Italian Recipes – Cutting the Garlic for Papa al Pomodoro

    Published: 06-16-2009
    Views: 11,315
    Culinary and Lifestyle Specialist Lisa Mushaw demonstrates how to cut the garlic for Pap al Pomodoro.

    Lisa Mushaw

    A new generation doyenne on the rise who is staking her claim in the lofty arenas of international travel, tourism and the culinary arts, Lisa Mushaw is making transatlantic waves with TREASURES OF TUSCANY – AN EPICUREAN VOYAGE. TREASURES launched in November 2002 as a one-week vacation abroad with a twist – a cooking program where participants are given extensive exposure to Italian cuisine while discovering the physical beauty and traditions that are uniquely Tuscan. The idea was to offer “foodies” an opportunity to share and celebrate the cultural, personal and convivial rites that are the Tuscan Table, while basking in the charm of one of the world’s most exquisite and historic treasures. Lisa is a “natural taster” who cut her culinary teeth in the kitchen of relatives who excelled in the preparation of Creole cuisine. As a child, long before she knew the difference between battuto and affogato, she demonstrated a natural talent for discerning which ingredients were missing or used in excess in recipes. Her culinary gifts are no accident as her family roots include small business owners who made their living as caterers in New Orleans. A fervent student of food and wine, Lisa’s most recent accomplishment was completing a three year sommelier program. TREASURES OF TUSCANY – AN EPICUREAN VOYAGE is ideal for those with a passion for continental adventure who want to escape the drama of daily life and be transformed by a week in Florence – the center of the Renaissance, the Etruscan city of San Gimingnano or the medieval town of Lucca, creating memories that will last for years on end. Those who bask in attention to detail, pampering and personal service will want to join Lisa for the this extraordinary excursion to Toscana, the Italian province rich in beauty and character and the birthplace of much great Italian art, cuisine, and history.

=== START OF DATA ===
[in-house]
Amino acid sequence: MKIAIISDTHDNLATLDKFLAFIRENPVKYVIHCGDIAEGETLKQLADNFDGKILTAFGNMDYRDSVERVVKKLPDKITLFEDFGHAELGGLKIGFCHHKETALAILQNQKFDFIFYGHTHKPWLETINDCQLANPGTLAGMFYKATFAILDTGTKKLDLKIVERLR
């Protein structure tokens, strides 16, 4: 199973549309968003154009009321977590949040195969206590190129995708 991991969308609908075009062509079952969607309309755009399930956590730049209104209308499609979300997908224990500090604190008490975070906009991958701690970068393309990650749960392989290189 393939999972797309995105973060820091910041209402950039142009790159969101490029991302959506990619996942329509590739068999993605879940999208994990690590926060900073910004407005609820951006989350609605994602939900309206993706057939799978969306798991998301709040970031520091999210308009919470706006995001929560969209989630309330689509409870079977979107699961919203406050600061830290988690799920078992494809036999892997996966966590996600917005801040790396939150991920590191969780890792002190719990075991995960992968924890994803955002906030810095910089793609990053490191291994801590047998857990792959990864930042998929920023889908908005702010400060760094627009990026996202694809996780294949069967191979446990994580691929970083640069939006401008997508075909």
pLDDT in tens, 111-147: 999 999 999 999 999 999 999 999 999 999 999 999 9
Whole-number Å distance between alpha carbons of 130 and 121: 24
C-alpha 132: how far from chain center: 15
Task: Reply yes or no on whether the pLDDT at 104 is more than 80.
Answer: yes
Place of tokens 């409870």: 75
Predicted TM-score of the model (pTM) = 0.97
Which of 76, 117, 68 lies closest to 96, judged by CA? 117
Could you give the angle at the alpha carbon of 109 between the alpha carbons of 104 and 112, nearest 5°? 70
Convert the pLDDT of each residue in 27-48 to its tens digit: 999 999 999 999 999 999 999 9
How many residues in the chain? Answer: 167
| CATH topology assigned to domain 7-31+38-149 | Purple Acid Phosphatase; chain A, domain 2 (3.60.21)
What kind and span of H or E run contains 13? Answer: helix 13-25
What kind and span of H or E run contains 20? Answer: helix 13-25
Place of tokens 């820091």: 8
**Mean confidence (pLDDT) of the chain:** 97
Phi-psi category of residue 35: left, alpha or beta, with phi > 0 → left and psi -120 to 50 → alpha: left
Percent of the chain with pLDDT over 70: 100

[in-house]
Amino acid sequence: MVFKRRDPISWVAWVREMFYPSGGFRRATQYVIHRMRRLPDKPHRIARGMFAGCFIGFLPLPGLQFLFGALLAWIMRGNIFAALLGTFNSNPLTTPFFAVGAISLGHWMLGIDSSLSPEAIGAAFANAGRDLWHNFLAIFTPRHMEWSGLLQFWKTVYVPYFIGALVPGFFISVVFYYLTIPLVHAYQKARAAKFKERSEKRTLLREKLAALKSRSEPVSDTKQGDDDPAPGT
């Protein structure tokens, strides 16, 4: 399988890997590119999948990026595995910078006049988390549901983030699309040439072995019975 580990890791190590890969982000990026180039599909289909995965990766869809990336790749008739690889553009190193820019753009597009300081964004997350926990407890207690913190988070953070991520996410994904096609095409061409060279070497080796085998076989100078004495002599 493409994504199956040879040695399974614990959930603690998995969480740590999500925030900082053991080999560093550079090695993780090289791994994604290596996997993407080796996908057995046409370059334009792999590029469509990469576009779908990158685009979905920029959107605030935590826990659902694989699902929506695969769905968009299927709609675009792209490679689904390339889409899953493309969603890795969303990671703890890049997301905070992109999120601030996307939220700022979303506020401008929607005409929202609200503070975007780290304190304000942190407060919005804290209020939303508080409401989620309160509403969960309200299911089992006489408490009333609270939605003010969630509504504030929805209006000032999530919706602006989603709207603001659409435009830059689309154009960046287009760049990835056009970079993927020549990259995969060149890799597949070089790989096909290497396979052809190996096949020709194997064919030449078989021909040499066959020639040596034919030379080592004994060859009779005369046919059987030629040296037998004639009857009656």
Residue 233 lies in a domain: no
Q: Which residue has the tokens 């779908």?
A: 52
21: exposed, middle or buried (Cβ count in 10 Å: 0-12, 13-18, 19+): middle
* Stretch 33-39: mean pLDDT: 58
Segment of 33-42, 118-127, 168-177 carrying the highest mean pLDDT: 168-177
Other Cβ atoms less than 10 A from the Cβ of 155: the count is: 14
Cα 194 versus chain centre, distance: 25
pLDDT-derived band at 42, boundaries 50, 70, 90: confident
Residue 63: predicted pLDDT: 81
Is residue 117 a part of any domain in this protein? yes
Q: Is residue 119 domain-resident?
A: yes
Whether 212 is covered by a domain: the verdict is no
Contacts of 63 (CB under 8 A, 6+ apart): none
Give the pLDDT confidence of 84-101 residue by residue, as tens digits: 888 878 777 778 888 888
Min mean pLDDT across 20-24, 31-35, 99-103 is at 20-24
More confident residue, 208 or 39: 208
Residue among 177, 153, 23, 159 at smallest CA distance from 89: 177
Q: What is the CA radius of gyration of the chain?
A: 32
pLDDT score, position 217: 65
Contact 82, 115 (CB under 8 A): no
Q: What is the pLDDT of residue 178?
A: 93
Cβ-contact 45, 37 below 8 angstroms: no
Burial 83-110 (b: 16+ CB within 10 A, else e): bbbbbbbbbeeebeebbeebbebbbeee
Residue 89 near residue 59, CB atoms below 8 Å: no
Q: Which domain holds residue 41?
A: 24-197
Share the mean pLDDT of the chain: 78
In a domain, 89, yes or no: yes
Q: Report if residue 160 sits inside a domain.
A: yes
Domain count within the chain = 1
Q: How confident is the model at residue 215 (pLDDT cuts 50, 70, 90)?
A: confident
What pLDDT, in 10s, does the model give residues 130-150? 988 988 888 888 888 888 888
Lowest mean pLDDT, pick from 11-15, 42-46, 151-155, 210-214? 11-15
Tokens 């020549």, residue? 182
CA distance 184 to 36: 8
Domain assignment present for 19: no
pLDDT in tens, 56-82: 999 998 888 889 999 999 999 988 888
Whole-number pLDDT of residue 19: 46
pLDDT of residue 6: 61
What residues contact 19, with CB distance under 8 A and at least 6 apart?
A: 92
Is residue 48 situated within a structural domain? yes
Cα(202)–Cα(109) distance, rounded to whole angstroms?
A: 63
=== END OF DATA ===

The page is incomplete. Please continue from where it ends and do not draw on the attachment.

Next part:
Lisa Mushaw: Hi, I am Lisa Mushaw, owner of Treasures of Tuscany, an Epicurean Voyage. Today, we are making Papaalpomodoro, tomato and bread soup. Now, I am going to show you how to chop garlic.

    For this recipe, we need five cloves of garlic and to chop garlic, you want to take the root end of the garlic and have it facing away from you on your cutting board. You are then going to slice horizontally, I am sorry, slice lengthwise down into the garlic but not cutting through the root.

    Once you have done that, you want to turn it side ways and then cut horizontally into the garlic. Garlic is not that big, so maybe one to two slices into the garlic depending on the thickness of the garlic.

    Once you have done that, you are then going to chop straight down into the garlic, which creates perfectly cube, little cube, like so. There you have it. So, let s go through cutting garlic one more time, you are going to take the root end of the garlic, placing it away from you and then you are going to slice down into the garlic, being careful not to cut all the way through to the root.

    And the thickness doesn t matter at this point, that would be up to your preference. Once you have done that, you are then going to turn the garlic sideways; you are then going to cut horizontally in to the garlic coming towards yourself.

    Being careful, of course, with the knife not to cut yourself, depending on the thickness of the garlic, we decide whether your horizontal slicing would be one or two slices.

    Once you have done that, you are then going to chop the garlic into squares like so. Again being careful with your fingers, not to cut your hand and then here you have the root of the garlic which you can, excuse me, which again is intact. And there is your chopped garlic. The next step will be how to cut the bread for the Papaalpomodoro.